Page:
by Sherry F. Colb
If I were to try to identify all of the offensive, outlandish, and horrifying things that happened during the confirmation hearings for Judge Ketanji Brown Jackson, I would be writing for several hours. I could focus on the overt racism of assuming that Judge Jackson, according to Senator Blackburn, thinks that judges must rely on critical race theory (CRT) in making judicial decisions. Why would anyone imagine that Judge Jackson believes such a thing? The answer is a mix of out-of-context quotations and the fact that she is Black, and some of the senators were ready to presume that all Black people who aren't attempting a coup must be disciples of Ibram X. Kendi.
Likely for the same benighted reason, Senator Cruz asked Judge Jackson whether she believed in racist babies. It turns out that Kendi, a fellow Black person, wrote a book called "Antiracist Baby," so Judge Jackson must believe in racist babies. No one admitted, of course, that they were acting like good old fashioned racists, but no one had to. I stayed away from listening to much of the hearings because I found the behavior of Republican Senators intolerably offensive and disgusting. For similar reasons, I avoid watching reality shows in which the objective is for the "star" to consume as much vile food as possible.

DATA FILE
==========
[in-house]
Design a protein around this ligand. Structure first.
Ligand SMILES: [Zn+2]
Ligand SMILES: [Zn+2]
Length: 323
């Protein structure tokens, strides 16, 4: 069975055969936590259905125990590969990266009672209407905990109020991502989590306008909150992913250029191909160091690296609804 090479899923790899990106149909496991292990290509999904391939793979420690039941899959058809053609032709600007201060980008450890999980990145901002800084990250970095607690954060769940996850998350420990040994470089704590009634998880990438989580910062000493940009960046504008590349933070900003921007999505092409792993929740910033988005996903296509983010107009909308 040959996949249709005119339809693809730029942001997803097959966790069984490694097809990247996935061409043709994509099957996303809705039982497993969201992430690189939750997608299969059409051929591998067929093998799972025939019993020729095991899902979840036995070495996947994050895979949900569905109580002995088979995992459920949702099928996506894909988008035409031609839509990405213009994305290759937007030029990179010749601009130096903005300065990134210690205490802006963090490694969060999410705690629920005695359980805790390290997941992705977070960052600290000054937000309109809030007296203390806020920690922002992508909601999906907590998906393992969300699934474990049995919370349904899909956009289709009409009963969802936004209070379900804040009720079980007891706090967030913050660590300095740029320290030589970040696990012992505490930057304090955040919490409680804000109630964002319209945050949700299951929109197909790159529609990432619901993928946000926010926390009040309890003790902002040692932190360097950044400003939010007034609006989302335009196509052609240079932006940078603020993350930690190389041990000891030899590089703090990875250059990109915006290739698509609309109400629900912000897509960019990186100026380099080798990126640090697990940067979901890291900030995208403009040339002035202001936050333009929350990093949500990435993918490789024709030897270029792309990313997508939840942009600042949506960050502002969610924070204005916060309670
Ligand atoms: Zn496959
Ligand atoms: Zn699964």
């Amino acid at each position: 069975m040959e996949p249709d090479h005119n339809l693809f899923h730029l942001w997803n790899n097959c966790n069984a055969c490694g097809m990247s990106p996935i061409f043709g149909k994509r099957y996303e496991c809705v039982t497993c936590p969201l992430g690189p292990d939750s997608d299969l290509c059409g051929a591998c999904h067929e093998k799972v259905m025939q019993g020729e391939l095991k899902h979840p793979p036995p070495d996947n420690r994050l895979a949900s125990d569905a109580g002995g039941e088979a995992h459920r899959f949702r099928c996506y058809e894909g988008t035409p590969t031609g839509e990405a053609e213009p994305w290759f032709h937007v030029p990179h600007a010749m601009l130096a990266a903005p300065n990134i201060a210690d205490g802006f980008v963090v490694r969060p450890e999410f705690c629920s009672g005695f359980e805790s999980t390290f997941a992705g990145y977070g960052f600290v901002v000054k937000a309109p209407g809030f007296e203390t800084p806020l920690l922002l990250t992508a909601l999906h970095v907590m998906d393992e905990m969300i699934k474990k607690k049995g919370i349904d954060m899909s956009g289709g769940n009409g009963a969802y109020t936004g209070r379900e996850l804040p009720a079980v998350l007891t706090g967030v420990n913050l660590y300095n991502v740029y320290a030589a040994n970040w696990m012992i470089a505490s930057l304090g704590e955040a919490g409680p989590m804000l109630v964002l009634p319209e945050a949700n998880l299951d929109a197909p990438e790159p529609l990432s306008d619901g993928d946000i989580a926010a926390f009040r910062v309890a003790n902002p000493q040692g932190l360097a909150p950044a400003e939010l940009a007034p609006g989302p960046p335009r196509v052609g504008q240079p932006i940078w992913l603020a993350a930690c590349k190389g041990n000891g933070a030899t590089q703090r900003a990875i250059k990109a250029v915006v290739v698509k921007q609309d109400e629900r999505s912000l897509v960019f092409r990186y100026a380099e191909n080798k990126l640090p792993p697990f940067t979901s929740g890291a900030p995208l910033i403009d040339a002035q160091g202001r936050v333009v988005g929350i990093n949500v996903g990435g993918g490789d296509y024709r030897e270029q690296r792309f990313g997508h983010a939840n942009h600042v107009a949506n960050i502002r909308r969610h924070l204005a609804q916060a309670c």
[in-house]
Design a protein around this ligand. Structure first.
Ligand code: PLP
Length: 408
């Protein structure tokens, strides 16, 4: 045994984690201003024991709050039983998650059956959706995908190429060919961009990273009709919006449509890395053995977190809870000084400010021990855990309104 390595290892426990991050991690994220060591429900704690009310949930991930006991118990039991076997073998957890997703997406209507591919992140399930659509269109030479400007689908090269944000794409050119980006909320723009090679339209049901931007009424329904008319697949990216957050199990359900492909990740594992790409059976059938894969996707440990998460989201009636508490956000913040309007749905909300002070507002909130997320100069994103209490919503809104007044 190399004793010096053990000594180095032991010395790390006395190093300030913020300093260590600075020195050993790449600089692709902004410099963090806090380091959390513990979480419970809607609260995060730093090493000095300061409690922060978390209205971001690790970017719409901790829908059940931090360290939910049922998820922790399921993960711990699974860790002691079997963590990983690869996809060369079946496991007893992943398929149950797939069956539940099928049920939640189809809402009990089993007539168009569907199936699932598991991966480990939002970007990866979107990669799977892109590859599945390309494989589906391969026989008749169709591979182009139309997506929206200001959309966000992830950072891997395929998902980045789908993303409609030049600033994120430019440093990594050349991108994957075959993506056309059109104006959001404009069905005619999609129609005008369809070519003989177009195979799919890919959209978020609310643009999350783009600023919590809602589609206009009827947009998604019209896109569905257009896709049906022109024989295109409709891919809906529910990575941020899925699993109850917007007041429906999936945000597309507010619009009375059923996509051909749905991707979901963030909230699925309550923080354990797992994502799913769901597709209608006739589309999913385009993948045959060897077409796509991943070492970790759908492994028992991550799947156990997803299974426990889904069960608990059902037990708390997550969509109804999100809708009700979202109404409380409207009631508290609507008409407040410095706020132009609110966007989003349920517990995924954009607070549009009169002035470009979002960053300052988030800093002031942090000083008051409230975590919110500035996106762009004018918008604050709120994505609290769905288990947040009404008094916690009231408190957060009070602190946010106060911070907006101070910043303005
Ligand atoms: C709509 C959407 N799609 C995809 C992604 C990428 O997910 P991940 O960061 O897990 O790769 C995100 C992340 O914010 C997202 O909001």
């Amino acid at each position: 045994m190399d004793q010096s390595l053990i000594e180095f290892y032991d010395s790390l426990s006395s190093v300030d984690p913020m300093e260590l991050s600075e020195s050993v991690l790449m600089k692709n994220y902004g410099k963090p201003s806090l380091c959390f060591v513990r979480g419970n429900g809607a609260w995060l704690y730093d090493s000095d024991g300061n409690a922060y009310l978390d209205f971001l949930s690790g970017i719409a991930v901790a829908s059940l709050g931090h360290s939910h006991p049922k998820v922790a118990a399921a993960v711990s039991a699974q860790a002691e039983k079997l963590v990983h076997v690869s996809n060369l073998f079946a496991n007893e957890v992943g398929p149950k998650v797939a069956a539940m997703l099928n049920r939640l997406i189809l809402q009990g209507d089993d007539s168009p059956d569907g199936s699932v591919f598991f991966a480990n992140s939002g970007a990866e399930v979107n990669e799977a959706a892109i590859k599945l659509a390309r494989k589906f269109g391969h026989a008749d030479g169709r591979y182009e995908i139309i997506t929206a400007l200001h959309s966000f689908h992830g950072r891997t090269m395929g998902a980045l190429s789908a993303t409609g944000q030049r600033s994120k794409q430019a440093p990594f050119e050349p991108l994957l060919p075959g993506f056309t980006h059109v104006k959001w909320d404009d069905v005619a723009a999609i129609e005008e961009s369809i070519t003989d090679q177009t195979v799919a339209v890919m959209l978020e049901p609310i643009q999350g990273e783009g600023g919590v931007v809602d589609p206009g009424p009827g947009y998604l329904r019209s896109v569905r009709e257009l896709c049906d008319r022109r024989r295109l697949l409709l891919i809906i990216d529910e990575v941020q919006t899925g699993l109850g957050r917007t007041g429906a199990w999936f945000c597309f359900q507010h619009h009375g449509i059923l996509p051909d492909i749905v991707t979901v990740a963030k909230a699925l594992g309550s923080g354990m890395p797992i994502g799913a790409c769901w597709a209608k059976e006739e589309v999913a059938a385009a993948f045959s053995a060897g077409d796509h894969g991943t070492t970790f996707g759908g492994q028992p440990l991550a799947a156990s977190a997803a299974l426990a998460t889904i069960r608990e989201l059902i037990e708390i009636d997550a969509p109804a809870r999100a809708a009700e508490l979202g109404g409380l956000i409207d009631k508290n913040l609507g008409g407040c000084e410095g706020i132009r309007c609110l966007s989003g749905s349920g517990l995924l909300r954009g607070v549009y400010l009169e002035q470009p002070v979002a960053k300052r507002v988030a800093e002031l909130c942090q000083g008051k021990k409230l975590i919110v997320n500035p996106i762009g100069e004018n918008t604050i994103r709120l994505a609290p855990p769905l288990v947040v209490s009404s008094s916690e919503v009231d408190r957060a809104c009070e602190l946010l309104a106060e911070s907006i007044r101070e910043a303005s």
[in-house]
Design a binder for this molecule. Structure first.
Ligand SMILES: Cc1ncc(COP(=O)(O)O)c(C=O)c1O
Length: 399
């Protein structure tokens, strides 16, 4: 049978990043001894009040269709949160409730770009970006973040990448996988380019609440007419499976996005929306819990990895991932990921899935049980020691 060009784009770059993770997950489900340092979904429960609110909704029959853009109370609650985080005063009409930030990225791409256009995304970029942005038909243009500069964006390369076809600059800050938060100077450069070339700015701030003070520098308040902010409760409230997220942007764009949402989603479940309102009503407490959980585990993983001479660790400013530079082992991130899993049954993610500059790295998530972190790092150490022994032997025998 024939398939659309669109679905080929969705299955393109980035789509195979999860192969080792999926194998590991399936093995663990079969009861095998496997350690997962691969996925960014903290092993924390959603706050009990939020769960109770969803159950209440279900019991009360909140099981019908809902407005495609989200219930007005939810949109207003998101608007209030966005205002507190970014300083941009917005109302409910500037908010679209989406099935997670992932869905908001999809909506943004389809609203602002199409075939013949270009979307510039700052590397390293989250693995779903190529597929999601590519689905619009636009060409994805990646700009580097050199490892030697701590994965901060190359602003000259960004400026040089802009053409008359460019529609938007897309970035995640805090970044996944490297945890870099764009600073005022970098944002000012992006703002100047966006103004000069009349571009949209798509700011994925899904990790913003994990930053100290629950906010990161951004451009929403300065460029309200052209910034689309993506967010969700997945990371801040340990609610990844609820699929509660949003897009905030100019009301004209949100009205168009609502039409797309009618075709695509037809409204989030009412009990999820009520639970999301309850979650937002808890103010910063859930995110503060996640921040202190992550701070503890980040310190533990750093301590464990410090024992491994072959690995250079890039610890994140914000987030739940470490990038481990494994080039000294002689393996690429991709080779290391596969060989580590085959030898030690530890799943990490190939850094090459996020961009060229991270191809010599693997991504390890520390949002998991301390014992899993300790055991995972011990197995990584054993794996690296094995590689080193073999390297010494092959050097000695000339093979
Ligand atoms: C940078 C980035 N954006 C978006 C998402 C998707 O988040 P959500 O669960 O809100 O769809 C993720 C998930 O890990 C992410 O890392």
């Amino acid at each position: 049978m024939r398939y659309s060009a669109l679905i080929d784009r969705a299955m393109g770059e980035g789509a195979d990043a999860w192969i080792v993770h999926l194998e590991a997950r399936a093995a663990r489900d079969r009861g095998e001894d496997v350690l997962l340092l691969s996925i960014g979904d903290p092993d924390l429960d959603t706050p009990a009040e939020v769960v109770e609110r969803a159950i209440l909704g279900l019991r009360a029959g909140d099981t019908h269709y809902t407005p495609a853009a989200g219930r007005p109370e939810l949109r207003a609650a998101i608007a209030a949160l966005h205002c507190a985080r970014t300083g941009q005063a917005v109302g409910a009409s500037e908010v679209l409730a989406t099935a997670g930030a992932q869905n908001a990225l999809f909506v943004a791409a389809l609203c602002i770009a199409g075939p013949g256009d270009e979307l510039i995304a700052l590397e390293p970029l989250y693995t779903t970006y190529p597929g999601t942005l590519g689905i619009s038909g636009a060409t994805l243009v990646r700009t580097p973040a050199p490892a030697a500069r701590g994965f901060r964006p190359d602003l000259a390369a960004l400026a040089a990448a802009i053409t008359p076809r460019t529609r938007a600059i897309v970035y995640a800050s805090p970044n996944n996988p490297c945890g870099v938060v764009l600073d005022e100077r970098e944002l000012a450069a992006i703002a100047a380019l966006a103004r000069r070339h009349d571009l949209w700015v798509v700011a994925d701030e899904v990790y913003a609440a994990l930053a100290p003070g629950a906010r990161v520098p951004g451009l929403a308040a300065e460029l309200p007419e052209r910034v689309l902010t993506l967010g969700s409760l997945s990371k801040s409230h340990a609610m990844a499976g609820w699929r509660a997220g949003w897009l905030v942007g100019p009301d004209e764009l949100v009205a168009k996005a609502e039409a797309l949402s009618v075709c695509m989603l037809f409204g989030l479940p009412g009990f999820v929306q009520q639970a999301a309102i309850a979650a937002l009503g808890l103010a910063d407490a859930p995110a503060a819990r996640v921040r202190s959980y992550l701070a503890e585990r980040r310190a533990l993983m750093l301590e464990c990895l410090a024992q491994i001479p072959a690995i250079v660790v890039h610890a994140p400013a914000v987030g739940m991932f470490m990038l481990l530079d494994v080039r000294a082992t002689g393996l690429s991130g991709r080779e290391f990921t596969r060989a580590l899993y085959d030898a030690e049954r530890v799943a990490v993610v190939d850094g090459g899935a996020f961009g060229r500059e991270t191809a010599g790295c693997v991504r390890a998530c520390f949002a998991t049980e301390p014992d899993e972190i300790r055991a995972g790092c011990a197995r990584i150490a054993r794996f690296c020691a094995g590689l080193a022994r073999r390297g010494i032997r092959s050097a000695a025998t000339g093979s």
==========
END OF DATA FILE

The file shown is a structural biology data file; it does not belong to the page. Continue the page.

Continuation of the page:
It was especially ironic for the Republicans to behave like a-holes because they started out promising Judge Jackson that they would not engage in the supposedly harassing conduct that they attributed to the Democrats in questioning Brett Kavanaugh, the man who was confirmed by the Republicans (by the closest margin ever at the time) despite the powerful and credible testimony of his alleged victim, Christine Blasey Ford and the totally not-at-all-credible testimony of Kavanaugh. Kavanaugh's unhinged behavior during the hearing persuaded Justice Stevens to say that Kavanaugh had disqualified himself simply by his conduct during the hearing. None of the questions that Democrats posed for Kavanaugh even approached the nastiness, ugliness, and bigotry that characterized much of Judge Jackson's hearing. Yet Judge Jackson remained calm, dignified, impressively erudite, and respectful, a marked contrast to Kavanaugh's histrionics and delusional rage. If a woman, let alone a Black woman, ever acted like Kavanaugh did during his hearing, she would lose whatever position she was hoping to gain, and she might even find herself civilly confined as mentally disordered and dangerous.